The family of a young woman who sued the State and drugs giant GSK after contracting the sleep disorder narcolepsy when she was given the Pandemrix vaccine has slated as "a national scandal" the millions of euro in taxpayers' money spent defending the case.
The Department of Health and the HSE dramatically settled the High Court action taken by Aoife Bennett (27) who received the controversial vaccine at the height of the swine flu pandemic fears in 2009.
The settlement, the details of which remain confidential, is without an admission of liability.
In 2009, the State had agreed to indemnify GSK to allow the vaccine to be fast-tracked into service.
In the High Court yesterday, Mr Justice Michael McGrath was told by Ms Bennett's counsel, Denis McCullough SC, that the case had been settled.
The settlement came just days after one of the world's leading experts on narcolepsy revealed GSK and the UK government were engaged in a confidential mediation process with those in the UK who contracted narcolepsy after receiving Pandemrix.
Further, the High Court action last week heard that key data on the vaccine was not included in Irish medication reports because it was considered to be "useless".
However, that data indicated that Pandemrix had a 10 times greater risk of producing serious side effects than a sister vaccine manufactured by the same company.
Ms Bennett and her family said they now hoped that the State decision to settle their action would pave the way for 100 other pending claims over narcolepsy to be settled with proper compensation being paid to claimants.
The settlement for the student teacher was against the Department of Health and HSE.
GSK and the Health Products Regulatory Authority (HPRA) were not party to the settlement and will not pay anything in costs or compensation.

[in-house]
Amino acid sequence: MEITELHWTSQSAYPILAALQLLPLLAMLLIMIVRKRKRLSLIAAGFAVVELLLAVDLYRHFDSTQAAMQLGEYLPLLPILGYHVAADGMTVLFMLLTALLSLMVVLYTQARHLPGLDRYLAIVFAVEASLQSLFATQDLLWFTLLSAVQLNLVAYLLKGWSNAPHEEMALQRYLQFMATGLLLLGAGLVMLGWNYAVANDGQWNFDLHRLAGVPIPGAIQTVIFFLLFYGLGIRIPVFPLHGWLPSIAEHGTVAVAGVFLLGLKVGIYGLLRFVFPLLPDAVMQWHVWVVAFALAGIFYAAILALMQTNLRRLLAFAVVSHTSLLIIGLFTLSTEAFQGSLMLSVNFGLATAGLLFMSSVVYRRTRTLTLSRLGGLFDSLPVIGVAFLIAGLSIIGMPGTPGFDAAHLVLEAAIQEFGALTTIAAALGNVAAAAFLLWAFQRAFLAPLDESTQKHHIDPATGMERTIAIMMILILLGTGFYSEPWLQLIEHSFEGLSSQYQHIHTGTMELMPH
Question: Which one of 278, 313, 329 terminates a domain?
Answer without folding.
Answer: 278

"It is a national disgrace that millions in taxpayers' money has been wasted in defending my case and other similar cases against children and young people who do not have any right to legal aid," said the Kildare woman's mother, Mary Bennett.
She said the public was not made aware that there were safety issues over the vaccine - and she called for a full review of the drug regulatory system in Ireland.
The Bennett family also hit out at the way they were treated over the past decade by the State. Ms Bennett had broken down while giving evidence.
"The behaviour of the defendants prior to and during the trial has been exceptionally hostile," her parents Pat and Mary said in a statement.
"Further, the State Claims Agency have taken a very adversarial approach in dealing with Aoife's case.
"Today, Aoife has succeeded in recovering compensation and her case has been vindicated. However, no money will ever compensate Aoife for a lifetime of living with the incurable disability of narcolepsy and cataplexy."
The vaccine was rushed into service because of fears in 2009 of a global swine flu pandemic.
However, it had not fully completed clinical trials and, to get it into service, the government agreed to indemnify GSK.
A Swedish study, started in 2010, found a 13 times greater risk of getting narcolepsy among teens who received the vaccine.
Pandemrix was finally withdrawn on March 28, 2011.
The Government and GSK denied liability in High Court actions lodged over Pandemrix.